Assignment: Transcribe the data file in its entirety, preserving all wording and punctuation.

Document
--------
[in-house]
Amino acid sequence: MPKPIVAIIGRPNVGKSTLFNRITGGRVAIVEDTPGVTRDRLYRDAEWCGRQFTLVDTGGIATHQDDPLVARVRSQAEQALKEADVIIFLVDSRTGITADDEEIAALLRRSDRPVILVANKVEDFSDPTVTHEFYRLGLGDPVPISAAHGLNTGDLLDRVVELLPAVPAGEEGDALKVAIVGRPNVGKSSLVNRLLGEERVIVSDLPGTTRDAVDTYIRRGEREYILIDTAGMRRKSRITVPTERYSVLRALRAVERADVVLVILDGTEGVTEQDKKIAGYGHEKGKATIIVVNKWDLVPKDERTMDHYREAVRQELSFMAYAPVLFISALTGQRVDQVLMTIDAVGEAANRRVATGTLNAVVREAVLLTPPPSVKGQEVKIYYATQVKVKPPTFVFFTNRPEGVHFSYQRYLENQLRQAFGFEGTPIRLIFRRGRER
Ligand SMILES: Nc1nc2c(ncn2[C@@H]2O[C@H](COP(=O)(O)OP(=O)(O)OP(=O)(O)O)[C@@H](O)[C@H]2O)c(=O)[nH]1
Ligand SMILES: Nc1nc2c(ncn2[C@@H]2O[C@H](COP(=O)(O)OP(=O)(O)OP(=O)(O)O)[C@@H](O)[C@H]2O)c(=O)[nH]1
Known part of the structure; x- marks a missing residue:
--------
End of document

[in-house]
Amino acid sequence: MPKPIVAIIGRPNVGKSTLFNRITGGRVAIVEDTPGVTRDRLYRDAEWCGRQFTLVDTGGIATHQDDPLVARVRSQAEQALKEADVIIFLVDSRTGITADDEEIAALLRRSDRPVILVANKVEDFSDPTVTHEFYRLGLGDPVPISAAHGLNTGDLLDRVVELLPAVPAGEEGDALKVAIVGRPNVGKSSLVNRLLGEERVIVSDLPGTTRDAVDTYIRRGEREYILIDTAGMRRKSRITVPTERYSVLRALRAVERADVVLVILDGTEGVTEQDKKIAGYGHEKGKATIIVVNKWDLVPKDERTMDHYREAVRQELSFMAYAPVLFISALTGQRVDQVLMTIDAVGEAANRRVATGTLNAVVREAVLLTPPPSVKGQEVKIYYATQVKVKPPTFVFFTNRPEGVHFSYQRYLENQLRQAFGFEGTPIRLIFRRGRER
Ligand SMILES: Nc1nc2c(ncn2[C@@H]2O[C@H](COP(=O)(O)OP(=O)(O)OP(=O)(O)O)[C@@H](O)[C@H]2O)c(=O)[nH]1
Ligand SMILES: Nc1nc2c(ncn2[C@@H]2O[C@H](COP(=O)(O)OP(=O)(O)OP(=O)(O)O)[C@@H](O)[C@H]2O)c(=O)[nH]1
Known part of the structure; x- marks a missing residue: